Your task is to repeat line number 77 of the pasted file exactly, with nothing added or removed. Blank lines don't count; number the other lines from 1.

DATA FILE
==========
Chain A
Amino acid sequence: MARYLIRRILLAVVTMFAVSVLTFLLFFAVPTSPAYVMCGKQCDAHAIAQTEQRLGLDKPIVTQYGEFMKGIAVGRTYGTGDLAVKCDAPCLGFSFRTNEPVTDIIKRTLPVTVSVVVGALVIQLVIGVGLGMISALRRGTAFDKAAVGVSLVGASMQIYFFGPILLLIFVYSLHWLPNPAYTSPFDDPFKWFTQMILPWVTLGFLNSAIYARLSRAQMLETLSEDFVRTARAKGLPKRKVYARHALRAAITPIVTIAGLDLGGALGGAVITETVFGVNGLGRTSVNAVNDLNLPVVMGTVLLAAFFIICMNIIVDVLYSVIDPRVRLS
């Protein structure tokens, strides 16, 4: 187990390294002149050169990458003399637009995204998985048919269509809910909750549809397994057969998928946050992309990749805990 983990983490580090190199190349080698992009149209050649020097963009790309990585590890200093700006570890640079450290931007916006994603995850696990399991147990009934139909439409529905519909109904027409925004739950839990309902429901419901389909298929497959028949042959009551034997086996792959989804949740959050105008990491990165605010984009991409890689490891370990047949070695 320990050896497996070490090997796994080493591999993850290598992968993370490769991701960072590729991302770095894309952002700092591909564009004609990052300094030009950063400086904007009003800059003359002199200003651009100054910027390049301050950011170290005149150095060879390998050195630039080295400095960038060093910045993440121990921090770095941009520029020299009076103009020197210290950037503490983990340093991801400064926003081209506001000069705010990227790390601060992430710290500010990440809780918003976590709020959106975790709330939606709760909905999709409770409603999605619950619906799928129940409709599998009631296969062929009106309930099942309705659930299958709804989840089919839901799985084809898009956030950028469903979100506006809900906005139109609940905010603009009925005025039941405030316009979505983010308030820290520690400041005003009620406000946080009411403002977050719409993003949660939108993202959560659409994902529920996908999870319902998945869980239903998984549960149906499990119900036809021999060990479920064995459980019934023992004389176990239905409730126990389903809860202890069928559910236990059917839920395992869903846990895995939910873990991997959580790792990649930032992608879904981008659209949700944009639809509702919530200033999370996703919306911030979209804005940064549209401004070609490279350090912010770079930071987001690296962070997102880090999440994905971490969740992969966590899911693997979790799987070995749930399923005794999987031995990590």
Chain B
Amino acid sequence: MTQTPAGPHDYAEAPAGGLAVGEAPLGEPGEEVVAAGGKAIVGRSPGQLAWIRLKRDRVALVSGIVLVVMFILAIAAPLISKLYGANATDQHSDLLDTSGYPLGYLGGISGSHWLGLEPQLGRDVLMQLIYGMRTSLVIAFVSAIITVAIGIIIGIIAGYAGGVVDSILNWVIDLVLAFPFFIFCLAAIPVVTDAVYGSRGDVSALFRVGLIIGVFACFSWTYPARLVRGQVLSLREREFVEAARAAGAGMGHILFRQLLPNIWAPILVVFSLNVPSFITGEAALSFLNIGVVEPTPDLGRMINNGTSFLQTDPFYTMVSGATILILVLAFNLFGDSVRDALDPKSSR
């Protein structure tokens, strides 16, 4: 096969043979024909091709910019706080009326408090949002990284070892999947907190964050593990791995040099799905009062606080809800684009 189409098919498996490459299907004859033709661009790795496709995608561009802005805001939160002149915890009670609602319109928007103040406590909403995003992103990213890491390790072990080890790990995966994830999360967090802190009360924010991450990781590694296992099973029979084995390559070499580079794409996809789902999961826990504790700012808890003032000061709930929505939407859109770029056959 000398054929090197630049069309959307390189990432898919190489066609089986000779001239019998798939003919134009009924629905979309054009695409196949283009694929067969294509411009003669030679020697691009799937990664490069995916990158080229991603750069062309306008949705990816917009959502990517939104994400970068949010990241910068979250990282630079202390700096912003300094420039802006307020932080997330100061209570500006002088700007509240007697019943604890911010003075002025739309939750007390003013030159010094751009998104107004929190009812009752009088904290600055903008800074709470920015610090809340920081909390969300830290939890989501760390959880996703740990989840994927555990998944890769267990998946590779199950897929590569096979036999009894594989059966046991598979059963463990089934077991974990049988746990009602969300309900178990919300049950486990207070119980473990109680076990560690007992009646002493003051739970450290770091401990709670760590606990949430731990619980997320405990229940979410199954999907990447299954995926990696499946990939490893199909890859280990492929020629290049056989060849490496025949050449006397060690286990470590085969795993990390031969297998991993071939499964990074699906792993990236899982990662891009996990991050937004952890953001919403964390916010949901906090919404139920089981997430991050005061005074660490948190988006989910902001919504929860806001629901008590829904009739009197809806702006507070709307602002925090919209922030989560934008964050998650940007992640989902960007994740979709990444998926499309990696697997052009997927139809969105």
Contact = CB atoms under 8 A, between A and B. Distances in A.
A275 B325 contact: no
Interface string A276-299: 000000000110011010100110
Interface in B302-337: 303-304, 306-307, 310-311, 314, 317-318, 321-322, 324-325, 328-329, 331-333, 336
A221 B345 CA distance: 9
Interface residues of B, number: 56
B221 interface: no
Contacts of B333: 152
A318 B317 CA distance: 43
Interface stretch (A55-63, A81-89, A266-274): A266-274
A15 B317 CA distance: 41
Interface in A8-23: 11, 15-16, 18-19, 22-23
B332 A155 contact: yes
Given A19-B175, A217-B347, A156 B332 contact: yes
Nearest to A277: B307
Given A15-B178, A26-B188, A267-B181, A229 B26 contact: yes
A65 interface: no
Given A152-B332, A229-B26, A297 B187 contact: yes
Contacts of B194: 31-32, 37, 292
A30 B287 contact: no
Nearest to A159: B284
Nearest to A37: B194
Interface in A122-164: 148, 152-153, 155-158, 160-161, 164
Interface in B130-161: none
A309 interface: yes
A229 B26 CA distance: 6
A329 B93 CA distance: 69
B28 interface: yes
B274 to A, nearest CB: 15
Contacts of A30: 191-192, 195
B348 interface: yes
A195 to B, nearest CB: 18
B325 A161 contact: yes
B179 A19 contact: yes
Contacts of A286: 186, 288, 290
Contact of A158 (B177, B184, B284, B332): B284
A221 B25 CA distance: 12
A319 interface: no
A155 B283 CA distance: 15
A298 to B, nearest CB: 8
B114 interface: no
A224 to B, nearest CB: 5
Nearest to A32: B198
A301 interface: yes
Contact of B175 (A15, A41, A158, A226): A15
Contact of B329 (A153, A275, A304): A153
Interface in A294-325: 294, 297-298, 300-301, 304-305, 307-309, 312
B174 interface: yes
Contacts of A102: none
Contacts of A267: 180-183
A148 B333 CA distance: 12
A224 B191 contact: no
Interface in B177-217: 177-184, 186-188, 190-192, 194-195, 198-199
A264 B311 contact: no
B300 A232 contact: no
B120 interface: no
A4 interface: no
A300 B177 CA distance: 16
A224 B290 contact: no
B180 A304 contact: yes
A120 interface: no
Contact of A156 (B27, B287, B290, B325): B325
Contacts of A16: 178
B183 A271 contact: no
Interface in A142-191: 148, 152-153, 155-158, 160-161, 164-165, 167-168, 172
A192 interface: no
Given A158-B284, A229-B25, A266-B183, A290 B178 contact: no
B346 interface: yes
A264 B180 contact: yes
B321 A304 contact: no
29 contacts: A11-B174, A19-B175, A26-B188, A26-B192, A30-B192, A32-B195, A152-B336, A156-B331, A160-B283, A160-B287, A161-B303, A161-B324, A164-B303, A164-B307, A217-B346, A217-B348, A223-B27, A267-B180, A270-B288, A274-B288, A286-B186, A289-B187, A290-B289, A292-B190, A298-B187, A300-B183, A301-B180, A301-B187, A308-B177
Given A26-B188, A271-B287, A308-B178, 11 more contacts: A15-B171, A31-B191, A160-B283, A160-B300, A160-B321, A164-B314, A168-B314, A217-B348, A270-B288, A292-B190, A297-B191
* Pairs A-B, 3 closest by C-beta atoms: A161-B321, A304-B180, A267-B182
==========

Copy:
29 contacts: A11-B174, A19-B175, A26-B188, A26-B192, A30-B192, A32-B195, A152-B336, A156-B331, A160-B283, A160-B287, A161-B303, A161-B324, A164-B303, A164-B307, A217-B346, A217-B348, A223-B27, A267-B180, A270-B288, A274-B288, A286-B186, A289-B187, A290-B289, A292-B190, A298-B187, A300-B183, A301-B180, A301-B187, A308-B177